On Friday, the White House announced $7.5 million in federal funding “to design and implement approaches that enhance the portability of licenses across states and reduce overly burdensome licensing restriction in general.”
Over the past year, the Obama administration has put increasing attention on occupational licensing reform. A July 2015 White House report looked at the growth of occupational licensure and provided states with reform recommendations. Likewise, in April of this year, President Obama directed federal agencies to reduce licensing barriers for those with criminal records.
The administration notes that occupational licensure can “create higher costs for consumers and prohibit skilled American workers like florists and hairdressers from entering jobs in which they could otherwise excel.” The press release also includes progress reports for states that have eased occupational licensing burdens, and highlights the need for reform for immigrants, who also face significant barriers obtaining licenses.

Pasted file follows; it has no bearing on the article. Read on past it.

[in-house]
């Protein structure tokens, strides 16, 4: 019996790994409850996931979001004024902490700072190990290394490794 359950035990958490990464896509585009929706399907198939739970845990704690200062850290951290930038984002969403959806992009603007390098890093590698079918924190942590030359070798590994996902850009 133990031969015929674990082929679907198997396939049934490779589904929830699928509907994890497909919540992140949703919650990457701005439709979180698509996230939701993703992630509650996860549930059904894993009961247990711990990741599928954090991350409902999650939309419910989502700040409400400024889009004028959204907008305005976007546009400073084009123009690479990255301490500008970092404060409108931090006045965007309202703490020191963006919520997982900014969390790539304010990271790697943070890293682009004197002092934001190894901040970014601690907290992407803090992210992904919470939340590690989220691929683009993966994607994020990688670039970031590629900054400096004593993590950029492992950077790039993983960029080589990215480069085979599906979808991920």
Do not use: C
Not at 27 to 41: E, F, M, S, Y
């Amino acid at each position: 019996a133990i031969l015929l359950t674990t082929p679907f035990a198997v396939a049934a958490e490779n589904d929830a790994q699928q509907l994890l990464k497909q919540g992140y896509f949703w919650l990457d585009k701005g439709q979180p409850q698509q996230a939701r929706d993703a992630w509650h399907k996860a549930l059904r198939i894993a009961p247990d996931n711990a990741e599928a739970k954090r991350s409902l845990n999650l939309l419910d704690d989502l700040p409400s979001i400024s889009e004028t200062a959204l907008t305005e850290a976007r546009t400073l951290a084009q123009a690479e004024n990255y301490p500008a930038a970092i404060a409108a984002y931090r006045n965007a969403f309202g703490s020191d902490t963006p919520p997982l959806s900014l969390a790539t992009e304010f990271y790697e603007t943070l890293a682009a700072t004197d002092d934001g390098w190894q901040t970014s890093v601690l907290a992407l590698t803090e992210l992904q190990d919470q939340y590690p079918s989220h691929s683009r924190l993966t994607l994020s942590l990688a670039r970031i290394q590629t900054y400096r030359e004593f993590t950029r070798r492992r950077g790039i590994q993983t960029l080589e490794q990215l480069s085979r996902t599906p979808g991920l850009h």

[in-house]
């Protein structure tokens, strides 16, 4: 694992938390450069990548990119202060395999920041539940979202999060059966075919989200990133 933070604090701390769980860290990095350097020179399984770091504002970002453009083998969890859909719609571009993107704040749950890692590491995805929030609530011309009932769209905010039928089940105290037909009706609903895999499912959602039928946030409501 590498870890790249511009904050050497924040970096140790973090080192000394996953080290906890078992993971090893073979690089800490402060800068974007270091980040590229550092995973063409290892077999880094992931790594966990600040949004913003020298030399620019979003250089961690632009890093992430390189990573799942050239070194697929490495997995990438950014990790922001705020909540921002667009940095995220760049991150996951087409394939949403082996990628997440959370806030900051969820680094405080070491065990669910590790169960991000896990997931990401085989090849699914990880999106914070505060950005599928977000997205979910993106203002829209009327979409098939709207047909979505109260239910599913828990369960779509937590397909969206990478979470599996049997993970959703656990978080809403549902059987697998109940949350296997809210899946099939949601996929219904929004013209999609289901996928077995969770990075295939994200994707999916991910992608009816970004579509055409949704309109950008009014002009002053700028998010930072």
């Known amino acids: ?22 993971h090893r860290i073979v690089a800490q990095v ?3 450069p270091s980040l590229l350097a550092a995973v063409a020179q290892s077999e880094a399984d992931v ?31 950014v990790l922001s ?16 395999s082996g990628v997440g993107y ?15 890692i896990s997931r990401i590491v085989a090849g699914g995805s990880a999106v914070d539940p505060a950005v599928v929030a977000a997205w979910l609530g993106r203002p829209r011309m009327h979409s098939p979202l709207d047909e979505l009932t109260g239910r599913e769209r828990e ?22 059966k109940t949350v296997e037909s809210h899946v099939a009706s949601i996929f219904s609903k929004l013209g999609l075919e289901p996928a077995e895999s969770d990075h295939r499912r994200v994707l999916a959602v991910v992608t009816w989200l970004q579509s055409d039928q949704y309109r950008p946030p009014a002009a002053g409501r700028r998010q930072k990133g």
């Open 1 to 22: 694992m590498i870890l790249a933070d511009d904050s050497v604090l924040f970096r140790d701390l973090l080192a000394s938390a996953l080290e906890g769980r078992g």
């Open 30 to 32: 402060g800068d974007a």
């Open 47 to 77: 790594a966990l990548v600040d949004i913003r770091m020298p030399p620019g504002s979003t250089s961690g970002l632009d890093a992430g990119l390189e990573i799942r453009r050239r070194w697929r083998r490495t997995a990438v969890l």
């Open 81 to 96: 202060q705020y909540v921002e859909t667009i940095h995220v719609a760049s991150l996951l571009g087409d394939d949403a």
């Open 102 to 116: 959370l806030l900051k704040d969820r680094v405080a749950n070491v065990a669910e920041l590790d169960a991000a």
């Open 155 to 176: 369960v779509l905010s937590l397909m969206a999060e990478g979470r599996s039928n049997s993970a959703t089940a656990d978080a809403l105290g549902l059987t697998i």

Though the White House’s role is limited because state governments primarily govern occupational licensing, the administration’s recognition of occupational licensing’s undue burden is encouraging and signals positive traction made by reformers.